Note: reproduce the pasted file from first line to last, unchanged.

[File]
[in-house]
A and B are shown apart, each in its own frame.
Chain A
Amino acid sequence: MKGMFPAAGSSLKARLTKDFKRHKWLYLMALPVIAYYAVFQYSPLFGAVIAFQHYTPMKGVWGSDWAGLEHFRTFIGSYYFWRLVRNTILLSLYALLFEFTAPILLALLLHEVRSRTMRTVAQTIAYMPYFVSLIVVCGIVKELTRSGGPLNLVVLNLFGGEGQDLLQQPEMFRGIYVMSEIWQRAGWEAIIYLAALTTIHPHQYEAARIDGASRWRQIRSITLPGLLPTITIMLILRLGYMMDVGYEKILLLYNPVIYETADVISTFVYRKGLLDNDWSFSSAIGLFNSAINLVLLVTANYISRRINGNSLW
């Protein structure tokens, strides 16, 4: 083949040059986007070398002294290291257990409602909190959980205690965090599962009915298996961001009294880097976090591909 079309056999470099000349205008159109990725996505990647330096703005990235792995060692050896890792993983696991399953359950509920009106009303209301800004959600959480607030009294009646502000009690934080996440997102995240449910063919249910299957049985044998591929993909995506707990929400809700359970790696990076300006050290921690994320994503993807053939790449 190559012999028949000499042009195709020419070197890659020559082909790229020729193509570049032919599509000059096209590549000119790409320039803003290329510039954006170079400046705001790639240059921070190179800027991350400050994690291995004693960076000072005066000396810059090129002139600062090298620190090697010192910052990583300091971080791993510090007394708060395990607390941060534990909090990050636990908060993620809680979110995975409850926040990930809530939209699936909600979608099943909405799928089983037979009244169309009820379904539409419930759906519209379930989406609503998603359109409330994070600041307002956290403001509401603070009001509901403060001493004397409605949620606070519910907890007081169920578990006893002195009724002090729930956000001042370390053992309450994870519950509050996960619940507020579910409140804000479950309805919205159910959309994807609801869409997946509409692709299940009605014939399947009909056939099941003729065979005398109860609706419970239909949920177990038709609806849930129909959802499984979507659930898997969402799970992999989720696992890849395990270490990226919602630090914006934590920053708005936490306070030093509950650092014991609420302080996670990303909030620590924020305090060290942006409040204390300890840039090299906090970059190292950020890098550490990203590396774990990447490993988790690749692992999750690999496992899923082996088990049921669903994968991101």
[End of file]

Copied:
[in-house]
A and B are shown apart, each in its own frame.
Chain A
Amino acid sequence: MKGMFPAAGSSLKARLTKDFKRHKWLYLMALPVIAYYAVFQYSPLFGAVIAFQHYTPMKGVWGSDWAGLEHFRTFIGSYYFWRLVRNTILLSLYALLFEFTAPILLALLLHEVRSRTMRTVAQTIAYMPYFVSLIVVCGIVKELTRSGGPLNLVVLNLFGGEGQDLLQQPEMFRGIYVMSEIWQRAGWEAIIYLAALTTIHPHQYEAARIDGASRWRQIRSITLPGLLPTITIMLILRLGYMMDVGYEKILLLYNPVIYETADVISTFVYRKGLLDNDWSFSSAIGLFNSAINLVLLVTANYISRRINGNSLW
């Protein structure tokens, strides 16, 4: 083949040059986007070398002294290291257990409602909190959980205690965090599962009915298996961001009294880097976090591909 079309056999470099000349205008159109990725996505990647330096703005990235792995060692050896890792993983696991399953359950509920009106009303209301800004959600959480607030009294009646502000009690934080996440997102995240449910063919249910299957049985044998591929993909995506707990929400809700359970790696990076300006050290921690994320994503993807053939790449 190559012999028949000499042009195709020419070197890659020559082909790229020729193509570049032919599509000059096209590549000119790409320039803003290329510039954006170079400046705001790639240059921070190179800027991350400050994690291995004693960076000072005066000396810059090129002139600062090298620190090697010192910052990583300091971080791993510090007394708060395990607390941060534990909090990050636990908060993620809680979110995975409850926040990930809530939209699936909600979608099943909405799928089983037979009244169309009820379904539409419930759906519209379930989406609503998603359109409330994070600041307002956290403001509401603070009001509901403060001493004397409605949620606070519910907890007081169920578990006893002195009724002090729930956000001042370390053992309450994870519950509050996960619940507020579910409140804000479950309805919205159910959309994807609801869409997946509409692709299940009605014939399947009909056939099941003729065979005398109860609706419970239909949920177990038709609806849930129909959802499984979507659930898997969402799970992999989720696992890849395990270490990226919602630090914006934590920053708005936490306070030093509950650092014991609420302080996670990303909030620590924020305090060290942006409040204390300890840039090299906090970059190292950020890098550490990203590396774990990447490993988790690749692992999750690999496992899923082996088990049921669903994968991101």